Hundreds gather in Dallas for Women's March to protest Texas abortion law

A large group of people gathered in Downtown Dallas Saturday as part of the Women’s March to protest the new abortion law in Texas.

The law, which bans most abortions after about six weeks of pregnancy, is considered the nation’s most restrictive.

EXPLAINER: What to know about Texas' abortion law

"We as women have a right to make a choice. This is our bodies," protestors said.

"It’s a war on women. That’s what it is," protestor Becky Friedman said.

The law is unique in its enforcement, allowing private citizens to sue alleged violators and gain at least $10,000 in damages, if successful.

"What it does is it creates bounty hunters out of anybody in the United States," protest organizer Soroya Santos said.

The Biden Administration urged a federal judge in Austin, who presided over a three-hour hearing Friday, to suspend the law. A decision has not been made.

If it’s suspended, Texas officials will likely appeal.

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Saturday’s protest had some opposition. A group of about a dozen anti-abortion activists stood across the street. Most were quiet, other than a man who brought a megaphone.

Dozens of people from the march shouted at them.

It became heated, but never physical, with Dallas police having to keep some away from the smaller opposition side.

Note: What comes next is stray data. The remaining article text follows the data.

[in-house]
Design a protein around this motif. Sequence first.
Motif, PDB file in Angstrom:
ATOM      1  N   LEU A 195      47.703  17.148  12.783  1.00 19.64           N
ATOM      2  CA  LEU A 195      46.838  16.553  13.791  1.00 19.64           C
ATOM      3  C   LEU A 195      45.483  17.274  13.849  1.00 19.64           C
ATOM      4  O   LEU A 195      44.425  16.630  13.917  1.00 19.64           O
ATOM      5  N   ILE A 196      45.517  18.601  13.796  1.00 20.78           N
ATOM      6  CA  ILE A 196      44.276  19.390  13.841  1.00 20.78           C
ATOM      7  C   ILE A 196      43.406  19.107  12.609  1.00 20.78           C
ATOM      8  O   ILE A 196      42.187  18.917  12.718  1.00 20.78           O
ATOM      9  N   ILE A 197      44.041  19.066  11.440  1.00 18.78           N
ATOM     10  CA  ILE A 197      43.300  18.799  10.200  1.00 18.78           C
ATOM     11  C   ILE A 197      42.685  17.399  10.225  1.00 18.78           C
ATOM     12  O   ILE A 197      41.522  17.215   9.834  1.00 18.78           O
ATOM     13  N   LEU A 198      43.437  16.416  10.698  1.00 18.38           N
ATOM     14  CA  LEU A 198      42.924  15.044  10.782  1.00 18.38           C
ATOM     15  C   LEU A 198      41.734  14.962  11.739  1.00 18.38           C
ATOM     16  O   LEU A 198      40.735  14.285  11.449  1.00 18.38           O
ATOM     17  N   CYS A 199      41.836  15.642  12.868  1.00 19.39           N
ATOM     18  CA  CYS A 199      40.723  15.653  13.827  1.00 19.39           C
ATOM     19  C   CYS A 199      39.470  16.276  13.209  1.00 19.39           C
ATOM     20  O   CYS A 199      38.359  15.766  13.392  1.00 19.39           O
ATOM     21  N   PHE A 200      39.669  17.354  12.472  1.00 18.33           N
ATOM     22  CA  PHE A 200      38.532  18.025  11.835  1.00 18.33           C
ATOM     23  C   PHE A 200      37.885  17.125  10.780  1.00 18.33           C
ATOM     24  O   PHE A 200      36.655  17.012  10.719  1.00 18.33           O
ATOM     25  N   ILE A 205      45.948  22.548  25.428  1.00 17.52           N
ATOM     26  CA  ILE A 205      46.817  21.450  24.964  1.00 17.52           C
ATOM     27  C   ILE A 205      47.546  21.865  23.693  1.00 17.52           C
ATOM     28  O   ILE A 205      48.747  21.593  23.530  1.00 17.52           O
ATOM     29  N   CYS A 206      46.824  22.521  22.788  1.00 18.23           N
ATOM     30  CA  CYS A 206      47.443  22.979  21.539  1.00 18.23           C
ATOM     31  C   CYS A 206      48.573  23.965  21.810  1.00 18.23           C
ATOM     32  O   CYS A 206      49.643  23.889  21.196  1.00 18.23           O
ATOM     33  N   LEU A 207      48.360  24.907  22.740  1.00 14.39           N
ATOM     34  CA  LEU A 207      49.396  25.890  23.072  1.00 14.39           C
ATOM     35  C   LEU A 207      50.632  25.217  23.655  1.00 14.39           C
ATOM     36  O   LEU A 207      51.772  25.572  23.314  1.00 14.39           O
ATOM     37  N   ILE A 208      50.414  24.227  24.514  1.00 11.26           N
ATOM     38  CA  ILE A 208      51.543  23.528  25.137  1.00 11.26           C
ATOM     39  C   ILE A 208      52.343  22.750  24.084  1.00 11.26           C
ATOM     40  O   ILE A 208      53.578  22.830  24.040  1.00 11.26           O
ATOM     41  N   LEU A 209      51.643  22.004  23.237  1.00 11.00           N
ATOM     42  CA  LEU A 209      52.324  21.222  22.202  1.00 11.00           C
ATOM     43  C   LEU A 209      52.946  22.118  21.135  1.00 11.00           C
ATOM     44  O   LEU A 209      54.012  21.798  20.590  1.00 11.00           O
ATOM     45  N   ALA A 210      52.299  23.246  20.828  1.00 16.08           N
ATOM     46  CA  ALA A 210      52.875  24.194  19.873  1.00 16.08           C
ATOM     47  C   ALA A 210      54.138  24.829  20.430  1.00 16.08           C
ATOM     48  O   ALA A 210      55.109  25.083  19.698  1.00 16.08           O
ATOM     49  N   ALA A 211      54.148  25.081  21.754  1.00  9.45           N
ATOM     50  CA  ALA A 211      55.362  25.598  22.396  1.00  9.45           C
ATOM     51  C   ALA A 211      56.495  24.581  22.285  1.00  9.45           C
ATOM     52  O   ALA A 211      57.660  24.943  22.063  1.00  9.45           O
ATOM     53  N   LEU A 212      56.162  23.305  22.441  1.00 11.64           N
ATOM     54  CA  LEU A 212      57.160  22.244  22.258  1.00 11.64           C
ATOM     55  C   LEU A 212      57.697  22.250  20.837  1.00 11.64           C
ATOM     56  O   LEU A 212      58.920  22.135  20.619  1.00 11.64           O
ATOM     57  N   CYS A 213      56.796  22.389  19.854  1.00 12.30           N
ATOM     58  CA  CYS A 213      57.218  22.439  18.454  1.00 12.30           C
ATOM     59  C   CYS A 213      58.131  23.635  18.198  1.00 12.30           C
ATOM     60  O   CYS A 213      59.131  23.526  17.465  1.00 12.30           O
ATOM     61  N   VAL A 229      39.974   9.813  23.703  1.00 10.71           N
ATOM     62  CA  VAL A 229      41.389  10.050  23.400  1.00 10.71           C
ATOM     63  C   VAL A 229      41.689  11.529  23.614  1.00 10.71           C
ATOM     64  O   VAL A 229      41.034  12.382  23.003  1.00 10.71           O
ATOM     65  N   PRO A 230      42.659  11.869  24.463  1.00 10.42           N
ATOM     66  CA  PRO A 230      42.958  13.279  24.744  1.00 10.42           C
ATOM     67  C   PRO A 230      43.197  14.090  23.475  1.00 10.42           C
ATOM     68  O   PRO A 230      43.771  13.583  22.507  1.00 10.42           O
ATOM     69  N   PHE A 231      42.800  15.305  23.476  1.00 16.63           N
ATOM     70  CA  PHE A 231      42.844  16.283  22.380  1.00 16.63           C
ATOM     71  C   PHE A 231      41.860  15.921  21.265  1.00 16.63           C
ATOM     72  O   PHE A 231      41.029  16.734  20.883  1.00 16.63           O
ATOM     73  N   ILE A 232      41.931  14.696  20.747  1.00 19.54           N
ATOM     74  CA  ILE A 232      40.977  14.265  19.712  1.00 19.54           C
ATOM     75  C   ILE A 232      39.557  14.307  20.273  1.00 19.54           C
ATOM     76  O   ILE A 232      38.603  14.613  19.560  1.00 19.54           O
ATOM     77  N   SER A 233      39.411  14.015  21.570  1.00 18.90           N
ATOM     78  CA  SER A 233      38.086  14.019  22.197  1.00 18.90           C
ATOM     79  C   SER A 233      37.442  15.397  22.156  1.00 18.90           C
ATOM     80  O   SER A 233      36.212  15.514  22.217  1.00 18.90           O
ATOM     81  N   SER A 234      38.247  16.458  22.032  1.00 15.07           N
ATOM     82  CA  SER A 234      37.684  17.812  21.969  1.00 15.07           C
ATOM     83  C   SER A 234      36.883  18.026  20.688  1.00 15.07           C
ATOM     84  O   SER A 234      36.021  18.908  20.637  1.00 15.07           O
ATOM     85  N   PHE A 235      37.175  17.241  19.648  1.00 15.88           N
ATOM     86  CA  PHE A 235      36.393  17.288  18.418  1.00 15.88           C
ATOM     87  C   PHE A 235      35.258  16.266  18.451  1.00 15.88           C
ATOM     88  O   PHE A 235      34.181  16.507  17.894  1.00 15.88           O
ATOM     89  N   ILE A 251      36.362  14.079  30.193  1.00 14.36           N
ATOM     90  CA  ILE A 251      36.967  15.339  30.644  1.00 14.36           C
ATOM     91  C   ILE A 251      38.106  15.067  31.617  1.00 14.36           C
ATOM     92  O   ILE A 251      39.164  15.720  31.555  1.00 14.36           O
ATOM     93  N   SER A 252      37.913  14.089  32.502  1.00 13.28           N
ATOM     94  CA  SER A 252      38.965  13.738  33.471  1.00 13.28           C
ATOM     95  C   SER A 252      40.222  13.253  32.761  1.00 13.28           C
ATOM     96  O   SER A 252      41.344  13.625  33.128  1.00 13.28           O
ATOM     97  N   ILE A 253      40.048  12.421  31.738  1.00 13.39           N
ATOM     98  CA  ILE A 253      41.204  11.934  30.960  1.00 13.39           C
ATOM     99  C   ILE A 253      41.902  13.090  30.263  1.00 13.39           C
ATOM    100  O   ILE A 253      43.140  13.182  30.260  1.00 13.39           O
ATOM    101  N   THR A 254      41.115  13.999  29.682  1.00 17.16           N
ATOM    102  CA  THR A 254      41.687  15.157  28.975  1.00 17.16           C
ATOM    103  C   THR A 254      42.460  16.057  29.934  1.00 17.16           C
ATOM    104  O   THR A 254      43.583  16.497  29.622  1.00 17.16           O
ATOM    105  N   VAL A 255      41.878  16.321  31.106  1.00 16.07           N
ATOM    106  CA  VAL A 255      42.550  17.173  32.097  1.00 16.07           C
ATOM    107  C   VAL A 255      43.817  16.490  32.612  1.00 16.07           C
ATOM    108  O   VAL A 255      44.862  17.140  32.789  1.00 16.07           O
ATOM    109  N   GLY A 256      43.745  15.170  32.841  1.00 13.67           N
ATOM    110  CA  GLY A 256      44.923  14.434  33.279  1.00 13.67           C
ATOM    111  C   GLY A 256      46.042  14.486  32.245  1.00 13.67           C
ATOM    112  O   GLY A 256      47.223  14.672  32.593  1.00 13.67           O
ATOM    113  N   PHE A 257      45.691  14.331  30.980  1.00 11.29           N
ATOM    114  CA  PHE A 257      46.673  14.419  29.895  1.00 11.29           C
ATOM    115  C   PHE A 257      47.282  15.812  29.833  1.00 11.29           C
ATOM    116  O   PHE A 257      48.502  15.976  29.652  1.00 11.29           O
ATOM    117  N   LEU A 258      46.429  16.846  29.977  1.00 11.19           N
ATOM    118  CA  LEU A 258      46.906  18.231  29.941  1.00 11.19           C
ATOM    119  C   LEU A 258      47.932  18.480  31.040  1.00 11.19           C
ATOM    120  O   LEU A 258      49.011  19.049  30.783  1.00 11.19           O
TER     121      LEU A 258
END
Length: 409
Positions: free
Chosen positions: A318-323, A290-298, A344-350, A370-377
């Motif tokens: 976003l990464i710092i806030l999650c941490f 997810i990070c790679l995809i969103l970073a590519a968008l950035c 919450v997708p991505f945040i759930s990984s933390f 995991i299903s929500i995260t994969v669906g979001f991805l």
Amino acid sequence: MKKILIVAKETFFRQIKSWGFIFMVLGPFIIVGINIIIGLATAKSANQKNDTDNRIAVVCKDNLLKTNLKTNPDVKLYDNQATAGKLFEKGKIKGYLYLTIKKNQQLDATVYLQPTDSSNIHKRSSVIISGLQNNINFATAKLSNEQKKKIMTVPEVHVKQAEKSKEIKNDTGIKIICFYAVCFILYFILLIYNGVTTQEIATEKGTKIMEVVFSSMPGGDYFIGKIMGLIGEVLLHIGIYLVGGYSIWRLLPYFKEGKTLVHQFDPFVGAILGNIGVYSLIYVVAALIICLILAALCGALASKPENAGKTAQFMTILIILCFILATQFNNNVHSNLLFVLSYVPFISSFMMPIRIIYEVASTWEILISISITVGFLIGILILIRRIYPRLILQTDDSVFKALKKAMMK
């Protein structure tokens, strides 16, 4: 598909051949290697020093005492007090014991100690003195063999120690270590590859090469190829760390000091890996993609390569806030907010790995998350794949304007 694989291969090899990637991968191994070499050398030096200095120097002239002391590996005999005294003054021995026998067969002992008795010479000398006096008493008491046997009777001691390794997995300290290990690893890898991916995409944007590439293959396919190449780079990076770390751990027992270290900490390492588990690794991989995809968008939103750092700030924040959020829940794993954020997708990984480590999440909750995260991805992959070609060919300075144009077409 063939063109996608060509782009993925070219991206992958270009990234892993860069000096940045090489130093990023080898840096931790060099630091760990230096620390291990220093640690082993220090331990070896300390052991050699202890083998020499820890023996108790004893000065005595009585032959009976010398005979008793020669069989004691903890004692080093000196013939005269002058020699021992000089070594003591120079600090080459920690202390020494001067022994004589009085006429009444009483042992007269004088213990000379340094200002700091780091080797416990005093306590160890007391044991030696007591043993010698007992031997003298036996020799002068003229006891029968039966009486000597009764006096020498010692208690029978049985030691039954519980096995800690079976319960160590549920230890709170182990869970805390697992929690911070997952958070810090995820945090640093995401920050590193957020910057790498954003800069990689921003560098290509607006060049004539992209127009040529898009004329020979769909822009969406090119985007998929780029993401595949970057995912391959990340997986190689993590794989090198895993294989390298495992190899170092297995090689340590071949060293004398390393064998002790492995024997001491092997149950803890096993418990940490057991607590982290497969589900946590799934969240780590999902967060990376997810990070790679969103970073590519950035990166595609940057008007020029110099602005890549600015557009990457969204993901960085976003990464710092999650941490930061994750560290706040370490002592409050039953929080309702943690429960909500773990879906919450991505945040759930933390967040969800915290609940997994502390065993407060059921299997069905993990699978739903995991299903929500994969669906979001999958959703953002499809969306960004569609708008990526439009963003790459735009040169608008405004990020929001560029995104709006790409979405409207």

"We are always peaceful protestors because we are a nonviolent group and we love and want to share that message of love with women," anti-abortion organizer Erin Quinn said. "And so by shouting at them, that’s not the way you’re going to show them that love and that care that they deserve."

Quinn was among those who stood silent. She shared their message to women debating an abortion.

"They can succeed and they can do so much if faced with an unplanned pregnancy," she said.

RELATED: Abbott dodges question on changing Texas abortion law for rape victims

Some marching believe there’s plenty to be vocal about.

"These are basic human rights we’re asking for. Abortion is healthcare," one protestor said. "It’s like we’ve gone back, I don’t know how many decades. It’s sad."

When it comes to abortion, those taking part in the Women’s March believe it should be a choice, even though they said it might be the most difficult choice.

"You think about it for the rest of your life. You think what could’ve been," Friedman said.

There was also a Women's March group that gathered in Fort Worth to take part in protesting the new abortion law.


Thousands gather for Women's March at Texas State Capitol

Women’s March for abortion rights underway nationwide